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Interest charges are city's responsibility

The City of New Richmond is stuck having to pay an additional $75,000 in interest charges thanks to slow arriving federal funds.

The accumulated interest charges started ticking upward after the Federal Aviation Administration approved an expansion project at the New Richmond Regional Airport in 2006.

Such aviation expansion projects typically receive 95 percent federal backing, with the state picking up 2.5 percent of a project's cost and the city picking up the remaining 2.5 percent.

After additional land was purchased to accomplish the project, the federal money got stuck in the bureaucratic backlog never came. The $75,000 bill is for interest charges accumulated so far. The city still hasn't seen the federal funds and New Richmond could continue to be charged $37,500 a year in interest charges until the money is appropriated.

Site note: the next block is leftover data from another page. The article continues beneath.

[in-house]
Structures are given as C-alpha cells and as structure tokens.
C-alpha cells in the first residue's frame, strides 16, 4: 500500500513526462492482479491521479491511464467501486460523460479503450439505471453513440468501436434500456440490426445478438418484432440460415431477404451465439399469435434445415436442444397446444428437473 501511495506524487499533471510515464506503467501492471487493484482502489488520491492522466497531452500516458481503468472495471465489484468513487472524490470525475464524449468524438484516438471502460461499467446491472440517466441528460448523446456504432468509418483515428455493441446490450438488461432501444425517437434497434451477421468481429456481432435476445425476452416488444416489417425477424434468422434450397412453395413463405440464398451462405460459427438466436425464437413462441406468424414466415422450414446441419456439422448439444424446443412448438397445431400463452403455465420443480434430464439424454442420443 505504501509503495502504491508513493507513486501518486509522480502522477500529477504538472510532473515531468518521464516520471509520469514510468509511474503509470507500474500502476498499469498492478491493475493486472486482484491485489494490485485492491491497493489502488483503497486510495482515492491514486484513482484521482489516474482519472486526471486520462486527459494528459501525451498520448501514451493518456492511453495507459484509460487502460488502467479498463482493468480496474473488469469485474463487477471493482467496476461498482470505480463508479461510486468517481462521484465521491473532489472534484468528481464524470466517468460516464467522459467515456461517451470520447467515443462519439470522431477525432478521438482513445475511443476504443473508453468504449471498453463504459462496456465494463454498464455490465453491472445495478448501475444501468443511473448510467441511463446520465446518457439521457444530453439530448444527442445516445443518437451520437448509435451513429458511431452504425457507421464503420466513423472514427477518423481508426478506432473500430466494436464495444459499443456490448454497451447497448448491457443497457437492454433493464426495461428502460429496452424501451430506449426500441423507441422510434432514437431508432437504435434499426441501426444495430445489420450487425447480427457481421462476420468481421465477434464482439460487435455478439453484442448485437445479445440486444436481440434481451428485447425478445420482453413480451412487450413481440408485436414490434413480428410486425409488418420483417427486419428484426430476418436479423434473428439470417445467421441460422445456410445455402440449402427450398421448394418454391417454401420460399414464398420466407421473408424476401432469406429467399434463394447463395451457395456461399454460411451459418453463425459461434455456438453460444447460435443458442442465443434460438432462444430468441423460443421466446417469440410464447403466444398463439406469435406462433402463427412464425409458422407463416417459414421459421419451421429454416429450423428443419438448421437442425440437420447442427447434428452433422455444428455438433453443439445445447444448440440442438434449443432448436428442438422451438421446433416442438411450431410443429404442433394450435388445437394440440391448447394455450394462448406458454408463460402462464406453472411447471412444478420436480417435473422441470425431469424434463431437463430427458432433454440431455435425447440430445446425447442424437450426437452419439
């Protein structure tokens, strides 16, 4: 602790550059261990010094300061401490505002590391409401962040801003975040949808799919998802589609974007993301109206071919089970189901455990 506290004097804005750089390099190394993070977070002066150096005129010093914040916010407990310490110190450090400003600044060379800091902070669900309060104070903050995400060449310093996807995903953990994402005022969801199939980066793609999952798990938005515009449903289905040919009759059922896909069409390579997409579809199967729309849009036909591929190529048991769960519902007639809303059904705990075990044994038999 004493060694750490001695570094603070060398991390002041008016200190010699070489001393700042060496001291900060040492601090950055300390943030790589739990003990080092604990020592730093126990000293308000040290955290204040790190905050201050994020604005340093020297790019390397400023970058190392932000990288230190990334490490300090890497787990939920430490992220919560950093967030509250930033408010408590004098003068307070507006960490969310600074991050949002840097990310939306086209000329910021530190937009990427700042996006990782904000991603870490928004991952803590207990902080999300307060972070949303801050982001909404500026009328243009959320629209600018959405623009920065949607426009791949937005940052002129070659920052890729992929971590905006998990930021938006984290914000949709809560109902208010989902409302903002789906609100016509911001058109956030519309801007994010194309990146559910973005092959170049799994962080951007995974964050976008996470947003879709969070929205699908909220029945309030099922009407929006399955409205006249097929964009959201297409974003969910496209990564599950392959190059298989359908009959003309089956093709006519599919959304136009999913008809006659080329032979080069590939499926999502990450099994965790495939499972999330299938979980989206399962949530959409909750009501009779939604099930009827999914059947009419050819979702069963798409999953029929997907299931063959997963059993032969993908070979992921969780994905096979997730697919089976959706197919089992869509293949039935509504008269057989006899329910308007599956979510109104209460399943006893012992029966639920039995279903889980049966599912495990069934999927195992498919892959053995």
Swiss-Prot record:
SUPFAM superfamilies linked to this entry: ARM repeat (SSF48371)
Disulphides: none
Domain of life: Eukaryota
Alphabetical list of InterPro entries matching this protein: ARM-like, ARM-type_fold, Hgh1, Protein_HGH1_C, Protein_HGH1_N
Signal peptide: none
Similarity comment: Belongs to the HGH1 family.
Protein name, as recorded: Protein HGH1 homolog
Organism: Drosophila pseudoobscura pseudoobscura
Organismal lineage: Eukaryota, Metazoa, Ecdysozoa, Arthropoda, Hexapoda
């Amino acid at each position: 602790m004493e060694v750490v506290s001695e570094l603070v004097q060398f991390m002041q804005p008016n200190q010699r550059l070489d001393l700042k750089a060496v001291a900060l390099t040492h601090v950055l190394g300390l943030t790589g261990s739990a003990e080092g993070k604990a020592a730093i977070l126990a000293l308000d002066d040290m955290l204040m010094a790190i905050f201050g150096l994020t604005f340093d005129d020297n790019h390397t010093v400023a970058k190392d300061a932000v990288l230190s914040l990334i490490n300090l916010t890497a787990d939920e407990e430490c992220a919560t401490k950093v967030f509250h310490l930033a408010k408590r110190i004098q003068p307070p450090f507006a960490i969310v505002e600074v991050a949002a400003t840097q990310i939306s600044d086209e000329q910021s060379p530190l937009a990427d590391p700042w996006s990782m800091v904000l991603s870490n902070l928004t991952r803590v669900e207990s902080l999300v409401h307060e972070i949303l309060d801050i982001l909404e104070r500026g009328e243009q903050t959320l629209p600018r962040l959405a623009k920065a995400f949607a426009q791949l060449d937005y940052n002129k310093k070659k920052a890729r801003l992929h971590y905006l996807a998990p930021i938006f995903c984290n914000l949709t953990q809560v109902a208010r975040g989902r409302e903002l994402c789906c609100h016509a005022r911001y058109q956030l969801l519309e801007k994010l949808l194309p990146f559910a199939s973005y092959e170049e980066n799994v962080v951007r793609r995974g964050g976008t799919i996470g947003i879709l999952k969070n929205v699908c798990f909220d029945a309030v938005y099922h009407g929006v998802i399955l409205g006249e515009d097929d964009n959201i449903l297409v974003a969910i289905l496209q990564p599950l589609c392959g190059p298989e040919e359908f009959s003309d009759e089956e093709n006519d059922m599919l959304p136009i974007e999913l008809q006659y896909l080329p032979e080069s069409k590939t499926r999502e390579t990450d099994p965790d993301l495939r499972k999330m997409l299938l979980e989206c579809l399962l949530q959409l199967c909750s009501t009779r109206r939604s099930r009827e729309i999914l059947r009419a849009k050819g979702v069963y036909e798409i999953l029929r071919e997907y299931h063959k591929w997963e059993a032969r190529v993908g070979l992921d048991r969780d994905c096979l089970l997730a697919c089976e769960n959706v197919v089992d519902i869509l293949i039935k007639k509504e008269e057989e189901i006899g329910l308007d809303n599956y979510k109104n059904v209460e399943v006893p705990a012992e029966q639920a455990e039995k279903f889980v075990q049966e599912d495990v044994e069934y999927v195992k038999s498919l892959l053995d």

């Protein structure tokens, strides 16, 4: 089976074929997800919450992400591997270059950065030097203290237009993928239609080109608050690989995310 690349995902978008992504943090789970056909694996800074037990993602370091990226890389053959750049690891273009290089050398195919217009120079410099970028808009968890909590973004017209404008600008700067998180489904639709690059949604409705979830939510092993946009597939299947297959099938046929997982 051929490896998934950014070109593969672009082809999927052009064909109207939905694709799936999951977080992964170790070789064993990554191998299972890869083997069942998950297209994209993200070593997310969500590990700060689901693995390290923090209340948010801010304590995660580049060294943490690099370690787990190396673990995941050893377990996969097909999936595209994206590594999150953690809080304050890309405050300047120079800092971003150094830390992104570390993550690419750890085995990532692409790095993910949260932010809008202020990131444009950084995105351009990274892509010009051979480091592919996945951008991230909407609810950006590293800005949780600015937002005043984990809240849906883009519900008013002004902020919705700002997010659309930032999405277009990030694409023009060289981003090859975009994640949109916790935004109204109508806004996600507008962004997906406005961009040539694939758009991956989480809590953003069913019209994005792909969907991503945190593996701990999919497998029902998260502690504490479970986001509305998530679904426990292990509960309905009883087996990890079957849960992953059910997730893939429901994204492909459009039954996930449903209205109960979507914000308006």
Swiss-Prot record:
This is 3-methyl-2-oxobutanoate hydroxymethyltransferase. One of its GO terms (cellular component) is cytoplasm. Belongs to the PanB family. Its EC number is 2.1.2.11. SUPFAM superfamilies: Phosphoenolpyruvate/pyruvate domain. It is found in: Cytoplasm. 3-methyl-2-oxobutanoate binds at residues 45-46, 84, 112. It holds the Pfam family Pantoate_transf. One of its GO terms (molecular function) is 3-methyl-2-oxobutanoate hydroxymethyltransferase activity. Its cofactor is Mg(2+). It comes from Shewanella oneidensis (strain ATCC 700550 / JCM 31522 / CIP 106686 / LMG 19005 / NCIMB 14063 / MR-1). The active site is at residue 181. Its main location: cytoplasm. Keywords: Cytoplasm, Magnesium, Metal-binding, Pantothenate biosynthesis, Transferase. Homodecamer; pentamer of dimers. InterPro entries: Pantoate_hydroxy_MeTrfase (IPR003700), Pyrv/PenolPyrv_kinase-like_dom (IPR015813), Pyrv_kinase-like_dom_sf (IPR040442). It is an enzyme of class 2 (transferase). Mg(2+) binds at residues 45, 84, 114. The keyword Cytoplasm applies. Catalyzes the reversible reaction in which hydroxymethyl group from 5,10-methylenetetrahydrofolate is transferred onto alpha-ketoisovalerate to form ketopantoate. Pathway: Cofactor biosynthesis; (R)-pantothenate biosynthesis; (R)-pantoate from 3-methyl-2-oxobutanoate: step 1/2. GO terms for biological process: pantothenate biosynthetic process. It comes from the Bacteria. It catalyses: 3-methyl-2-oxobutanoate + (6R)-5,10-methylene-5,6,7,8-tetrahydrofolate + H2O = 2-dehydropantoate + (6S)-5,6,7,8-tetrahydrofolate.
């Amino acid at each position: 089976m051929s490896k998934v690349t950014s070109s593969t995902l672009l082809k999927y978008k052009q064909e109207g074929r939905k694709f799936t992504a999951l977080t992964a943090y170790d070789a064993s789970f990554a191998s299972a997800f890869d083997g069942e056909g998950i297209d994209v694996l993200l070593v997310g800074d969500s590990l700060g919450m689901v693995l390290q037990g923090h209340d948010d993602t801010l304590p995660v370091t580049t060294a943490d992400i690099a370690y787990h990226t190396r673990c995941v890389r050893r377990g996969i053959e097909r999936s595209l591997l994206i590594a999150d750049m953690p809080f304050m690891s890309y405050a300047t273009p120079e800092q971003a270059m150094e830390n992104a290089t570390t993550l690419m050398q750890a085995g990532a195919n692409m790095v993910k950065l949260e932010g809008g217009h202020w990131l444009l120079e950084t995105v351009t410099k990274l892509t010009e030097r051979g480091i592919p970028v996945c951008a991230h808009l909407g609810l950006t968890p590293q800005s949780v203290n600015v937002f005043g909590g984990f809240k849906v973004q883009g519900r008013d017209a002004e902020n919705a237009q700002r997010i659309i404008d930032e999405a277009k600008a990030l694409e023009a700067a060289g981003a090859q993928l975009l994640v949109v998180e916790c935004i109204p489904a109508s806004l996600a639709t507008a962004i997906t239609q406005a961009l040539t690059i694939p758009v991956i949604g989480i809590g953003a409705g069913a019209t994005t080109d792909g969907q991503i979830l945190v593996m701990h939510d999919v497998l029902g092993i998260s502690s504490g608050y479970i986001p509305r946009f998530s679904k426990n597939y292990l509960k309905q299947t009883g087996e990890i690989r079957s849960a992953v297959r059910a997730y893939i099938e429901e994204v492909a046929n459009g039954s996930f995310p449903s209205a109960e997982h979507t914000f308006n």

"It's just frustrating the way government works," said New Richmond Mayor Fred Horne. Horne has met with officials at the Wisconsin Bureau of Aeronautics asking that someone else foot the bill for the interest.

So far, everyone has told him that New Richmond is on the hook for the charges.

Horne said the city has done its part to expand its business infrastructure and to create new jobs in the region but the federal government can drag its feet and no one cares.

"We're kind of stuck holding the bag," he said.

Horne said he plans to meet with a representative from U.S. Sen. Herb Kohl's office to try and get the federal money included in an upcoming appropriations bill.

Alderman Kirk VanBlaircom suggested the city be more careful when signing agreements with the FAA and the Bureau of Aeronautics in the future.

"This is completely absurd," he said. "Somebody needs to convey how disruptive this is to small municipalities."

In other business:

• Approved the sale of 3.38 acres of land in the Business and Technical Park to Federal Foam for a planned expansion project.

• The council tabled a decision on where to locate a new police impound building. The council previously approved the project for land near the city's sewage treatment plant, but objections from the land's donor have temporarily delayed construction. The city is considering other potential construction sites, including land on Campus Drive.

For a complete story, see this week's New Richmond News.